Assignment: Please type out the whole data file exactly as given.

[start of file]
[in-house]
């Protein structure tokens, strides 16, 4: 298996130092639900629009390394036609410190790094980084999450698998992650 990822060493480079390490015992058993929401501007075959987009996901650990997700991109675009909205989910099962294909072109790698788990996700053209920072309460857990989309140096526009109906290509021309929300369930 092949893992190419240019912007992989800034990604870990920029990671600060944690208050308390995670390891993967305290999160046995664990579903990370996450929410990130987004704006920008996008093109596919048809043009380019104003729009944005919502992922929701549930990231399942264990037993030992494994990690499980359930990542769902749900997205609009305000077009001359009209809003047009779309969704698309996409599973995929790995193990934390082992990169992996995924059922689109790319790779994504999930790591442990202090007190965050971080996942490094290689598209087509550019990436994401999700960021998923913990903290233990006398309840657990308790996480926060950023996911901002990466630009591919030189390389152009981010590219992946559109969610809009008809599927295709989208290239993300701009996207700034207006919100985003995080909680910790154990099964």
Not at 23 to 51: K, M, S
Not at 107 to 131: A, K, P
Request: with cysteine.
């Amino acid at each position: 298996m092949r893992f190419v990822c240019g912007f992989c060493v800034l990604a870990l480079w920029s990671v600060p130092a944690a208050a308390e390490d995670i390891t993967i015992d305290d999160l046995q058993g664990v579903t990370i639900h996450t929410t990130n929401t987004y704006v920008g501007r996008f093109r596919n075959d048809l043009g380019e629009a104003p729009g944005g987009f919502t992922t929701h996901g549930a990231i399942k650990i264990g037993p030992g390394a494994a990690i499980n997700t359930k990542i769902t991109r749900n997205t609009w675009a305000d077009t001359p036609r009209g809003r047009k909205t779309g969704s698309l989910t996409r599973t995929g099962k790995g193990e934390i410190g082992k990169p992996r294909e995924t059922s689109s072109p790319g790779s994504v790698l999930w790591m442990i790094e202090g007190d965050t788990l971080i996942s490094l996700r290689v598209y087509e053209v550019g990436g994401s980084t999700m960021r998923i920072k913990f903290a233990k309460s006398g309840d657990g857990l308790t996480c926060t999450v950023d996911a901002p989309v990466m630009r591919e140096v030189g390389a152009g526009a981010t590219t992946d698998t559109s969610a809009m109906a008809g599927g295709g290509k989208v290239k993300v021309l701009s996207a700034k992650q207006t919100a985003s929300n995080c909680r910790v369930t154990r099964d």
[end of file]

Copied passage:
[in-house]
């Protein structure tokens, strides 16, 4: 298996130092639900629009390394036609410190790094980084999450698998992650 990822060493480079390490015992058993929401501007075959987009996901650990997700991109675009909205989910099962294909072109790698788990996700053209920072309460857990989309140096526009109906290509021309929300369930 092949893992190419240019912007992989800034990604870990920029990671600060944690208050308390995670390891993967305290999160046995664990579903990370996450929410990130987004704006920008996008093109596919048809043009380019104003729009944005919502992922929701549930990231399942264990037993030992494994990690499980359930990542769902749900997205609009305000077009001359009209809003047009779309969704698309996409599973995929790995193990934390082992990169992996995924059922689109790319790779994504999930790591442990202090007190965050971080996942490094290689598209087509550019990436994401999700960021998923913990903290233990006398309840657990308790996480926060950023996911901002990466630009591919030189390389152009981010590219992946559109969610809009008809599927295709989208290239993300701009996207700034207006919100985003995080909680910790154990099964």
Not at 23 to 51: K, M, S
Not at 107 to 131: A, K, P
Request: with cysteine.
């Amino acid at each position: 298996m092949r893992f190419v990822c240019g912007f992989c060493v800034l990604a870990l480079w920029s990671v600060p130092a944690a208050a308390e390490d995670i390891t993967i015992d305290d999160l046995q058993g664990v579903t990370i639900h996450t929410t990130n929401t987004y704006v920008g501007r996008f093109r596919n075959d048809l043009g380019e629009a104003p729009g944005g987009f919502t992922t929701h996901g549930a990231i399942k650990i264990g037993p030992g390394a494994a990690i499980n997700t359930k990542i769902t991109r749900n997205t609009w675009a305000d077009t001359p036609r009209g809003r047009k909205t779309g969704s698309l989910t996409r599973t995929g099962k790995g193990e934390i410190g082992k990169p992996r294909e995924t059922s689109s072109p790319g790779s994504v790698l999930w790591m442990i790094e202090g007190d965050t788990l971080i996942s490094l996700r290689v598209y087509e053209v550019g990436g994401s980084t999700m960021r998923i920072k913990f903290a233990k309460s006398g309840d657990g857990l308790t996480c926060t999450v950023d996911a901002p989309v990466m630009r591919e140096v030189g390389a152009g526009a981010t590219t992946d698998t559109s969610a809009m109906a008809g599927g295709g290509k989208v290239k993300v021309l701009s996207a700034k992650q207006t919100a985003s929300n995080c909680r910790v369930t154990r099964d």